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Finding number of pulses in a data set?

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Joey Parker
Joey Parker on 6 May 2020
Commented: Michael Soskind on 6 May 2020
I have a bit_stream.mat data file where it contains a single row of 1's and 0's in a random alternating sequence (1x664 double in workspace). How do I go about finding the number of pulses in that data set?

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Answers (1)

Michael Soskind
Michael Soskind on 6 May 2020
Hi Joey,
Looks like findpeaks should be your friend here.
load('bit_stream.mat');
plot(bit_stream)
[ones,loc_ones,w,p] = findpeaks(bit_stream);
numel(ones) % number of peaks with respect to
[pulses,loc_pulses] = findpeaks(bit_stream, 'MinPeakWidth', 2);
numel(pulses) % number of peaks with a value of 1 2 or more subsequent times
Best,
Michael

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Michael Soskind
Michael Soskind on 6 May 2020
Oh sure, those simply count the number of elements in an array see more about numel here
I like it a bit more than length or size, although they all provide similar functionality.
The two answers are for slightly different cases. The first is for the number of pulses of any length, and then the second case gives an example if you have a requirement for a particular pulse length.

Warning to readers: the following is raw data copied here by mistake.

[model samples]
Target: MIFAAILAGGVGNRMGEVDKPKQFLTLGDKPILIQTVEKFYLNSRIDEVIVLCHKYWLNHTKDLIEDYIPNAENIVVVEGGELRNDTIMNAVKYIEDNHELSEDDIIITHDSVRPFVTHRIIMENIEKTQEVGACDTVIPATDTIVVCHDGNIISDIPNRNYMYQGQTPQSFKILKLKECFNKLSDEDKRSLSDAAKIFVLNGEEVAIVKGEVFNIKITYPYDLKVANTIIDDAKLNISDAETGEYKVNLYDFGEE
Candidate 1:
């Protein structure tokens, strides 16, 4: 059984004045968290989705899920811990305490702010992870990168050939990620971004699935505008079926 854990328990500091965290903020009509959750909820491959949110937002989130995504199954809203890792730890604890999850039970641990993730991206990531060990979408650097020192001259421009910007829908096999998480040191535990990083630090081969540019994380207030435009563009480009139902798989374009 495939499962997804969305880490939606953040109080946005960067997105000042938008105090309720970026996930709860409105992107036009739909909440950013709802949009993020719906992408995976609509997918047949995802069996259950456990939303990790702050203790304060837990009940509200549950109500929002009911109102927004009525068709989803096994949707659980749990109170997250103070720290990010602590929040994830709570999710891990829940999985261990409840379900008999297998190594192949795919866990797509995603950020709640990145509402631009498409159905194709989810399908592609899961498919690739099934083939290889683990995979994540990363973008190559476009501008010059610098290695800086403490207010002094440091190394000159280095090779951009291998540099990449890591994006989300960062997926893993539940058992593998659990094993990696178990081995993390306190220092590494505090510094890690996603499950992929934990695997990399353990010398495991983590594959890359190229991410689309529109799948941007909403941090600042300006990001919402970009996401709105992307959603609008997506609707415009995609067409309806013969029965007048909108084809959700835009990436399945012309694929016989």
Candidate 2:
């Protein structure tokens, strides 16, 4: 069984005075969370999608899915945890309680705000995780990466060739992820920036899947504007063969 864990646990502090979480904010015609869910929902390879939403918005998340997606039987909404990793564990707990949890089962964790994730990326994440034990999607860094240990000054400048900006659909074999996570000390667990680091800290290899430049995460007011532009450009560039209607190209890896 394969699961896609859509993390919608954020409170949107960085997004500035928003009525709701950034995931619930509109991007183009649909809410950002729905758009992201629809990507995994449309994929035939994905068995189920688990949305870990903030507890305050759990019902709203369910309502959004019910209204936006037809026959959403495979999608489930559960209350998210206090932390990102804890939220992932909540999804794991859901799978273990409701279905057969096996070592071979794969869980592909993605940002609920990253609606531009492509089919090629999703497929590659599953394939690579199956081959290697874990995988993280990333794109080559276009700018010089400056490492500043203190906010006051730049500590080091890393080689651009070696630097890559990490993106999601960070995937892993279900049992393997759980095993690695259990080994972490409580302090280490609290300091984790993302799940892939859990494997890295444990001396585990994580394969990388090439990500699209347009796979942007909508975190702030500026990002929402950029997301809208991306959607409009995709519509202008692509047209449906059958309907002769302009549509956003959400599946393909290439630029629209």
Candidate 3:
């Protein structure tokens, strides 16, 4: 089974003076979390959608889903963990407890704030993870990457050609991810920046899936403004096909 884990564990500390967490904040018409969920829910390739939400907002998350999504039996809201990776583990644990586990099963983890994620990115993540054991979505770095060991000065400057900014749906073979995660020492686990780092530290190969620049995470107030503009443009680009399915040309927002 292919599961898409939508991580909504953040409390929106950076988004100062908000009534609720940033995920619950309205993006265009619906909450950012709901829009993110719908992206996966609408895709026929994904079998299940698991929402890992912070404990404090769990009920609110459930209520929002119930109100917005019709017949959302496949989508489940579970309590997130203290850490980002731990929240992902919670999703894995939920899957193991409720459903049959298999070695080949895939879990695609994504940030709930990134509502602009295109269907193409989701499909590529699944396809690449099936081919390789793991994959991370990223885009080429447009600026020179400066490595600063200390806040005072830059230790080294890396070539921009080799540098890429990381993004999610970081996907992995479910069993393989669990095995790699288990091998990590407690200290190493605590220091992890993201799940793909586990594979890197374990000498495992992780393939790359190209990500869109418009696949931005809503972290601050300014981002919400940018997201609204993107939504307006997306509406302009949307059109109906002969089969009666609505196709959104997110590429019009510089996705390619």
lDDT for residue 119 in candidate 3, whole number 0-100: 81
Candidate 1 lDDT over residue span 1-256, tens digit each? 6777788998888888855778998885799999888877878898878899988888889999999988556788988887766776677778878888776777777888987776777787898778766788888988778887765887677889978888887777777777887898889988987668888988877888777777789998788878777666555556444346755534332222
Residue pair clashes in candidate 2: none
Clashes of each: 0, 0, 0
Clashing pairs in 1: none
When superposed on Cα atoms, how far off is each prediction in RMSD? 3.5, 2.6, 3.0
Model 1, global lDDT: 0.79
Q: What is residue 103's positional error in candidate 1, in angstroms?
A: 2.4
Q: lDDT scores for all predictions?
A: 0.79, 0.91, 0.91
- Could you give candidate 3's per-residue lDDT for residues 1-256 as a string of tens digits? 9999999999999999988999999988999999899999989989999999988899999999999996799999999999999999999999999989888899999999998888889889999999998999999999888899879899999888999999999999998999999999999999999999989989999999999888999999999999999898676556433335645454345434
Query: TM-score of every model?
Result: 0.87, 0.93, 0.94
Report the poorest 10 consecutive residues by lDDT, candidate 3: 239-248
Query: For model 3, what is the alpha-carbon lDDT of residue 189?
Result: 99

Joey Parker
Joey Parker on 6 May 2020
Thank you that makes perfect sense. I have an additionally question if it involves the same function but for finding the pulse period of that data set?
Michael Soskind
Michael Soskind on 6 May 2020
So it depends, usually, mathematically that would come from the fft of the signal. Hoewever, given that the pulses do not have a particular period, as they are pretty random in the example data you provided, the sidebands you would want are quite small. However, you could still use the following code:
% Using FFT to find the most prevalent period
figure(); % defining a figure to plot the fft in
plot(fftshift(abs(fft(bit_stream)))); % pefrforming an fft of the data (shifting to have 'zero mean', but this )
% from the figure above, looks to be a period of 4, as there is a shift of four between each of the peaks
% More trivial method of taking the average of the distance between the different elements
figure(); % defining a figure to plot the differences in
plot(diff(loc_ones)); hold on; % plotting the differences of loc_ones using the diff function
plot(1:numel(loc_ones), repmat(mean(diff(loc_ones)),1,numel(loc_ones))); % plotting the average, calculated as mean(diff(loc_ones))
The second set of code plots that the average of the difference between the different functions is in fact close to 4, confirming the effectiveness of the fft. However, taking the average of the differences might be easier.
The mean function and diff function are all you really need, just thought it might be of interest to see the similarities of two different methods.

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